Harlem Forums Aim to Educate Younger Voters

As New York City gears up for another pivotal election season, youth leaders in Harlem are working to prepare younger voters for the June 22 city primaries.

Persis Rao | Monday, February 22, 2021


As New York City gears up for another pivotal election season, youth leaders in Harlem are working to prepare younger voters for the June 22 city primaries. Starting with two virtual meetings held in February, The Greater Harlem Unite coalition hosted 20 of the 30-plus candidates running for mayor of New York City. At the meetings, part of the coalition’s “Next Gen Candidate Forum” series, the candidates addressed issues local constituents have said are most pressing to them, including pandemic response, police reform, climate justice and public housing.

“[The forums] are meant for the next gen, 16 to 45, to have a better understanding of the people who are running in this municipal election,” said Nia Alvarez-Mapp, social action chair at National Council for Negro Women and lead organizer of the series. 

The forums, which were livestreamed on Zoom, Facebook and Pix 11 News, aimed to send a message to the candidates that younger voters are engaged and expect their concerns to be heeded. “Make no mistake. This is a job interview,”  Alvarez-Mapp told the 13 candidates who appeared at the first forum on Feb. 9, which drew more than 7,000 viewers. 

Some of the 13 candidates for New York City mayor who gathered virtually on Feb. 9, 2021 for a forum sponsored by the Greater Harlem Unite Coalition. Clockwise from top left: Moderator Ayana Harry of Pix 11, Paperboy Prince, Shaun Donovan, Kathryn Garcia and Eddie Cullen. (Photo/Persis Rao)

Coalition leaders hope the series will make up for the lack of civic education among young voters and will harness the energy of last November’s presidential election. According to Tufts’ Center for Information and Research on Civic Learning and Engagement, 52%-55% of voters ages 18 to 29 cast a ballot in the 2020 presidential election, a significant jump from 2016 when the same group turned out at 42%-44%.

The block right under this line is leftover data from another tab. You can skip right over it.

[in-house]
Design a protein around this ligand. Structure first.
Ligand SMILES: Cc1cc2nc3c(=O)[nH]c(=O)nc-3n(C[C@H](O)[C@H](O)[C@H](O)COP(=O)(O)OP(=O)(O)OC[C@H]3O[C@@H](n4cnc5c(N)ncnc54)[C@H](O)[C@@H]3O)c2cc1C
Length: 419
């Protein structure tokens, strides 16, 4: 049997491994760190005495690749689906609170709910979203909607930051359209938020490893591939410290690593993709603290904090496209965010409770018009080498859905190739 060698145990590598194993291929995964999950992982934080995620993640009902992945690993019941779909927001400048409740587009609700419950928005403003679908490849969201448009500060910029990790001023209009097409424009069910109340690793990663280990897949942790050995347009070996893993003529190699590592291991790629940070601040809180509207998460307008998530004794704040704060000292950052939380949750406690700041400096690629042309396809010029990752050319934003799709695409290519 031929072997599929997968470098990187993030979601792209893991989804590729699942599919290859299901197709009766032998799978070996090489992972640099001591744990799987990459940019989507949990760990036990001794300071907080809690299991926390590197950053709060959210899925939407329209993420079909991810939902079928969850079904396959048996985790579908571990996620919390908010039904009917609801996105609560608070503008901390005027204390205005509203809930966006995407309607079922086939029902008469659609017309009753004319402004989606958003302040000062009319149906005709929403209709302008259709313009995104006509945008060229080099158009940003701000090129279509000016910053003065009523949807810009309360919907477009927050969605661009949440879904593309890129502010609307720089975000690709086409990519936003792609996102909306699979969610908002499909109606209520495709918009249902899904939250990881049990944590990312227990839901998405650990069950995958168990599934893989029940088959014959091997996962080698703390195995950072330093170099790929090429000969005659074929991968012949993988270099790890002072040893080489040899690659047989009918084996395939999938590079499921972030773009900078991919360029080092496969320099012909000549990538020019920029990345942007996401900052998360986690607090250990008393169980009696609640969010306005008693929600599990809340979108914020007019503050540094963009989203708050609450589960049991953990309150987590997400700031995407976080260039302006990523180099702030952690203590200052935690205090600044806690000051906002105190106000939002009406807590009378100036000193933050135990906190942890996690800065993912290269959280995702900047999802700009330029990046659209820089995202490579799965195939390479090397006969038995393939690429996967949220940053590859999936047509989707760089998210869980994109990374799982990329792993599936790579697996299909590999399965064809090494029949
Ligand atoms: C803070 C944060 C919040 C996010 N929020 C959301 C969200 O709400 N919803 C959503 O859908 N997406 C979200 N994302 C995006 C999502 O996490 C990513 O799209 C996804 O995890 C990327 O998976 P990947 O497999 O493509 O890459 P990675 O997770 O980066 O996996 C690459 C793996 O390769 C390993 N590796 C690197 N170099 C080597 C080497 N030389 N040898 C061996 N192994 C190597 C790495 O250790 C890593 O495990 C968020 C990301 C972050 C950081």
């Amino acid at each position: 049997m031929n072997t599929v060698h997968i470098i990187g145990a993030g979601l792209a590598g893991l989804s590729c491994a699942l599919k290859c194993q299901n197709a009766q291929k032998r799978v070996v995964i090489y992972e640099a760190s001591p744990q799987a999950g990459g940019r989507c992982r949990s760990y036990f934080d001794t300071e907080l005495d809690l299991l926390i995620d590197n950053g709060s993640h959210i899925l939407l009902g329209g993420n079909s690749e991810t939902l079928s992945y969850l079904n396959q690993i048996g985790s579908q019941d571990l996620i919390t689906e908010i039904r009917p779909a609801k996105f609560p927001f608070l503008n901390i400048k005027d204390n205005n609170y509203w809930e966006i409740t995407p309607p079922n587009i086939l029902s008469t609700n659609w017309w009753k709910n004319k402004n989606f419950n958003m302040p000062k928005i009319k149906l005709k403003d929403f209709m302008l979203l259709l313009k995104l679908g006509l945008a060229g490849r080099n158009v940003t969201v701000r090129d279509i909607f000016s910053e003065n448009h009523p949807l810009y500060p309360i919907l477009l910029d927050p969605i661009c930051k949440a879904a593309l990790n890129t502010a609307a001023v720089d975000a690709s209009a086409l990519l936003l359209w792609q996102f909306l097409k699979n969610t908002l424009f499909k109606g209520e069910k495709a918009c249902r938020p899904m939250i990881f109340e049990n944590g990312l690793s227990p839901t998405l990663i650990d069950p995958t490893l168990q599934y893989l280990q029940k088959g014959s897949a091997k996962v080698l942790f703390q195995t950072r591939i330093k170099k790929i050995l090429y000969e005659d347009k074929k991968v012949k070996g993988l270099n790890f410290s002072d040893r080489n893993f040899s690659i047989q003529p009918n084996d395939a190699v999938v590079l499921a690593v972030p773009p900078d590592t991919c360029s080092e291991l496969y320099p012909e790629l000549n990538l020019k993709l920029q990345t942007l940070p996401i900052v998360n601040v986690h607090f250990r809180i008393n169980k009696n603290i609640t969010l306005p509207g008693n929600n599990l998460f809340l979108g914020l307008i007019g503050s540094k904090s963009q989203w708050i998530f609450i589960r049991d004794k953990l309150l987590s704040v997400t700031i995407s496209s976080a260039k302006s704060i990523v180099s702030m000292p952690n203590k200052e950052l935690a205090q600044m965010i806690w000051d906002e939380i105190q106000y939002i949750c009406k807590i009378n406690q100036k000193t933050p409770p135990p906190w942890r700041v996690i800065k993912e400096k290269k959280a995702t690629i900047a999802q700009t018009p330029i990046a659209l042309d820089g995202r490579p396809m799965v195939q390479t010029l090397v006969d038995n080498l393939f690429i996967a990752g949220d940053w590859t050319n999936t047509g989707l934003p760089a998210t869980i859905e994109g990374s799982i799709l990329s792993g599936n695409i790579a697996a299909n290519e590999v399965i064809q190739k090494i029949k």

If young voters in New York can ride that momentum, “this will be the first year the youth vote will actually have a huge dent in whoever becomes mayor,” said Alvarez-Mapp. In the wake of the largely youth-led protests calling for police reform after the murder of George Floyd, the potential for youth engagement in local elections is higher than ever. “Whoever is the leader has to be prepared that the city is changing,” said Alvarez-Mapp. 

At both forums, candidates agreed in broad strokes about the need for more equitable vaccine rollout, improved public housing and police reform and offered a range of plans for how to accomplish change. “Do you support defunding the police?” some candidates were asked. Former nonprofit executive Dianne Morales and City Council member Carlos Menchaca, both Democrats, each responded “yes” and called for new public safety officers pulled from the communities they serve.

Accountant Quanda Francis, and businessman Ray McGuire, also Democrats, responded “no,” to the defunding question but said that they object to the slogan “defund the police” more than to actual proposals to shift some current policing duties and resources to other agencies. Francis promised to cut the New York Police Department’s budget by 27%, and McGuire expressed his support for reallocating funding to community organizations.

Taxi and bodega worker advocate, Fernando Mateo, the only Republican to attend the forums, called for granting more money to the police department to ensure they have “the resources to keep our city safe.” Rapper Paperboy Prince, a Democrat, uniquely called for abolishing police altogether and replacing them with what they called a “love team.”